Today, I had a middling crappy day.  It was my day to volunteer answering phones out at the shelter, and every idiot in town seemed to call, wanting to bring in kittens/cats/dogs for whom they abdicated all responsibility, which frustrates me no living end.  But that's another story . . . the point is I got home about 5:30 with an attitude,  and in a semi-crummy mood.  I had a headache (the getting up every couple of hours the last few weeks, first for feeding kittens, and now for checking on Eclaire, who's due any day,  has taken it's toll), and was feeling tired and generally grumpy.  So I got undressed and lay across the bed to pet Evie.

And that's when it occurred to me . . . what reason did I have to feel crummy, with my own little miracle curled up next to me, purring up a storm? 

Some of you may remember one Saturday last March, when I was at the Vinton, LA show, that I got a call from my husband that five of our cats had gotten out through a door that was ajar . . . and my special baby Evie was one of them.  I made the 4+ hour drive home in just over 3 hours, frantic to find my baby girl.  I got home to find my hubby and wonderful friends Charlotte & Jaimye, and even my brother-in-law Mike, and neice Diedre had searched and found all of the cats but Evie.  I was beside myself.  Evie is my 'princess kitty', had just been bred, and I couldn't imagine her fending for herself out in the big bad world.

We looked ceaselessly for the next several days, driving around for miles searching, putting up posters, knocking doors, and even contracting with a company that calls people in your area to alert them to a missing pet.  No results.  I was absolutely heartbroken, and by Wednesday, feeling like I had to face the horrible realization that I would not get my baby girl back.   I prayed SO hard for her to come home to me.  Mostly, I just wanted her to be safe, even if it was with someone else.

That Wednesday night, Steve and I decided to make another circuit of our neighborhood, using his night vision goggles, to see if we could see her out and about.  Our theory was that she'd be scared, having never been outside, and the quiet of evening/night was when she was most likely to be active.  This was the 5th night we'd done so, and in my heart, I really believed it was futile.   We'd driven around for a half hour or so, and it was nearly 11pm.  Knowing Steve had to be up really early the next morning for work, I was just about to turn in the driveway, when Steve said "Well, since we're out, don't you want to go on around the other side of the neighborhood?".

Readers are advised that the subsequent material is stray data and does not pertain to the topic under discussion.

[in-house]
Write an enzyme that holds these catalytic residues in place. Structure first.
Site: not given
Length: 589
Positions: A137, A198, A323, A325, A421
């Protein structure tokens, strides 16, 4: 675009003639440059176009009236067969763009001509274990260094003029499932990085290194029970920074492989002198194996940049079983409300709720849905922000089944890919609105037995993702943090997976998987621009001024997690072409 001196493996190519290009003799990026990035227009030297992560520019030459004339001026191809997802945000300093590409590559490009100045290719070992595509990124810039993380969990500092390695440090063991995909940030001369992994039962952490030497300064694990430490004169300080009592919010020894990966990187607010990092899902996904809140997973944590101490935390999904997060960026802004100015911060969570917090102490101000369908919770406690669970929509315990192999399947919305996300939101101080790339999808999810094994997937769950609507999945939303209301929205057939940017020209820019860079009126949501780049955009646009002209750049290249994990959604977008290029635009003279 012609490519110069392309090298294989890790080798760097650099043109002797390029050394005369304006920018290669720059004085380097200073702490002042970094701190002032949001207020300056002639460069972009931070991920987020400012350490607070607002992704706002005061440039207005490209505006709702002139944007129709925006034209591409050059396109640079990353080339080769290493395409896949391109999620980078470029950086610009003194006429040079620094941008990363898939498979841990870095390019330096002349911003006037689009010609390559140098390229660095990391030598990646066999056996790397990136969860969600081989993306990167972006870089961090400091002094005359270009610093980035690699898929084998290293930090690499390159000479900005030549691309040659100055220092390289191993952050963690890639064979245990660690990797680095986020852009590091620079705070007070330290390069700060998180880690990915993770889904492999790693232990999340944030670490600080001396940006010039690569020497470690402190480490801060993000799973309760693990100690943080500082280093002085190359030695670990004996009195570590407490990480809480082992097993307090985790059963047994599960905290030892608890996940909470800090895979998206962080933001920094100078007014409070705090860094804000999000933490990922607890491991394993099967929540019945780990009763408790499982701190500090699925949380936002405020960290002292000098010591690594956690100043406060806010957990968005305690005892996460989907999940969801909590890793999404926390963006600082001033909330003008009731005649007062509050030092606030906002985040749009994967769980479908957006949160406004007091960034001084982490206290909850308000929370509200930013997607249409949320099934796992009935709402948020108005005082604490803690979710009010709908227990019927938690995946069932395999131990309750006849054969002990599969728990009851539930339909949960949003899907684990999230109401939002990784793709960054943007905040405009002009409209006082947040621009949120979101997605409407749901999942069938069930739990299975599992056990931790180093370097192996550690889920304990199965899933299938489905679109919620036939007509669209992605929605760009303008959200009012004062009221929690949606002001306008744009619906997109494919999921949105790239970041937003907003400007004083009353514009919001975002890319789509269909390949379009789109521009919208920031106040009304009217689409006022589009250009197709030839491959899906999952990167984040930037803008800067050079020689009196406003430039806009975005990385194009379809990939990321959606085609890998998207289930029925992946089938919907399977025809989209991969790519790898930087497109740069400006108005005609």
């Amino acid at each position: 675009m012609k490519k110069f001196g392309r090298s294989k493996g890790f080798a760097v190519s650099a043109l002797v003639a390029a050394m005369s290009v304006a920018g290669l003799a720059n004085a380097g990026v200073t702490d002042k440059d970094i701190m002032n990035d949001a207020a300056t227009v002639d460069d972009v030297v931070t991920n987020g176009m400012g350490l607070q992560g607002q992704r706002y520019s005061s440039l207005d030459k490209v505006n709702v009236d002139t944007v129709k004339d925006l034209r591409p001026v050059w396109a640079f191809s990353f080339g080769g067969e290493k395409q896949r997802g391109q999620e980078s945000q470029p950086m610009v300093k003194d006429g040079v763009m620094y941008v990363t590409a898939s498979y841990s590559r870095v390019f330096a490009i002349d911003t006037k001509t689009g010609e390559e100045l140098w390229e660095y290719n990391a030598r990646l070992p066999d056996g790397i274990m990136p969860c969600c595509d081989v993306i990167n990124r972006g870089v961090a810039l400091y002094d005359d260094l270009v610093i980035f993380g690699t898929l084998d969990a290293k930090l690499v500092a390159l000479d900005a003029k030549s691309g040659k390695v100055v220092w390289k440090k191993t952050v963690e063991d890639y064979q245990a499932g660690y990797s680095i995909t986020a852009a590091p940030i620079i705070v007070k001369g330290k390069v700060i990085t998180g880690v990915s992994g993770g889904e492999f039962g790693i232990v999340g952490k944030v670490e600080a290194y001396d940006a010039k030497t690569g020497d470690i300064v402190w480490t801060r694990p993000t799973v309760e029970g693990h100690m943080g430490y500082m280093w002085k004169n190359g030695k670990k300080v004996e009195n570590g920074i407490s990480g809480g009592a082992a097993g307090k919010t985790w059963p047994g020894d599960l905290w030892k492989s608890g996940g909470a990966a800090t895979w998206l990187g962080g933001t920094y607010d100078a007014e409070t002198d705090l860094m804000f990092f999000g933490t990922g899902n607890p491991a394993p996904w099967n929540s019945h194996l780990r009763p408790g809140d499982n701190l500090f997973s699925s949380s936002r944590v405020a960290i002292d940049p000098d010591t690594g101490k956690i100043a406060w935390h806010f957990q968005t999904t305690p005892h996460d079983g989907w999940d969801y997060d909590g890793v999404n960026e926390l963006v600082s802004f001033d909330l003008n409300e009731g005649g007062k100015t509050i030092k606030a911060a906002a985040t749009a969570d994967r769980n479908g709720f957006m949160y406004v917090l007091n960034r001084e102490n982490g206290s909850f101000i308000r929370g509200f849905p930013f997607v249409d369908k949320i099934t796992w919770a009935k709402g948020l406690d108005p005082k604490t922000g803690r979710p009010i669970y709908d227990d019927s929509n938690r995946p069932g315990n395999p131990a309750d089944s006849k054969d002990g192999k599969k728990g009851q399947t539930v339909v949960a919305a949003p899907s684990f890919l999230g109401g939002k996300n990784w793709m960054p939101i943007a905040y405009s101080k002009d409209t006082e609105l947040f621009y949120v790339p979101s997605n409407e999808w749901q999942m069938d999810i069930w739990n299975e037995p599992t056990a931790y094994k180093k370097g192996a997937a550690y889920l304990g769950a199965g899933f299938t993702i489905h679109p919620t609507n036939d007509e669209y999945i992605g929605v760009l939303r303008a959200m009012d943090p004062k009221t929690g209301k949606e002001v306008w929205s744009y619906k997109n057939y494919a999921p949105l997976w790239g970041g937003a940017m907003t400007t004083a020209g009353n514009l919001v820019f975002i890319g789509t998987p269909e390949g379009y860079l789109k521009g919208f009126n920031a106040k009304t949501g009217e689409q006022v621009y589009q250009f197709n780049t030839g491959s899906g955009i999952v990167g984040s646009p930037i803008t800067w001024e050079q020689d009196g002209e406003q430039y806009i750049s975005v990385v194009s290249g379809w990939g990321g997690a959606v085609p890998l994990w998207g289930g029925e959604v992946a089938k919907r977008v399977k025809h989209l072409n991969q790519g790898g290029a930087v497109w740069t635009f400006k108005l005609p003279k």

Feeling foolish, and hopeless, I agreed.  What the hell.  What could it hurt.  So I backed back out of the drive and headed towards the other side of our subdivision.  Right at the STOP sign, back around and left onto the next street over.  And suddenly, there she was, standing behind a black truck at the end of someone's drive, just one street over from our house.  Steve jumped out and grabbed her.  I had my baby girl back.  I cried so happily.  I've seldom been as grateful for anything as I was then. 

And what were the odds, really?  That we'd turn down that particular street, at that exact time?  That she'd choose that same time to be out and about?  That there wouldn't be a scratch or mark on her? 

We went to our vet the next day, and she was perfect.  Better, even, as he scanned her belly and found three little fetal heartbeats.

So, here she is, my miracle princess kitty.  She went on to have a healthy litter of kittens, and is now spayed and living happily, knowing she's my special girl. 

So this is my point - I think miracles are around us every day - we just have to open our eyes and see them.  I think that sometimes we get so wrapped up in the minutia of life, that we miss the little miracles, and don't appreciate the gifts He gives us every day.    I see God in every little kitten paw, reaching up to hold the bottle as I supplement them, and in the flowers, and in the beauty of life.  I have my ongoing miracle, that my husband loves me, inspite of myself.

So, I think we just need to open our eyes and recognize all these common little things for what they are:  Everyday miracles.

I don't think it really matters what you call Him - Surely God is great enough to be many things to many people, by many different names.  He's there, and He shows us everyday.  We just have to be willing to see . . .

Monday, April 5, 2010

Itty Bitty Baby Poops and Marital Discord

5 April 2010

Well, my husband is an extremely understanding guy, and fortunately he likes cats and loves me, but I managed to push the envelope (and his buttons) this afternoon, all unawares of course, lol.

Steve actually took a holiday from work today, since he's been on the road for most of the last month.  So, when I got ready to leave to take Livvie to the vet for her recheck (she has a bad case of metritis), his Prius was parked behind my Explorer, so I took it to the vet. 

Now, I need to back up a minute and explain that Livvie has 2.5 week old kittens that I'm hand feeding, since she's been ill.  So right before packing her up to go to the vet, I was down on the floor in the kitten room, nippling them all.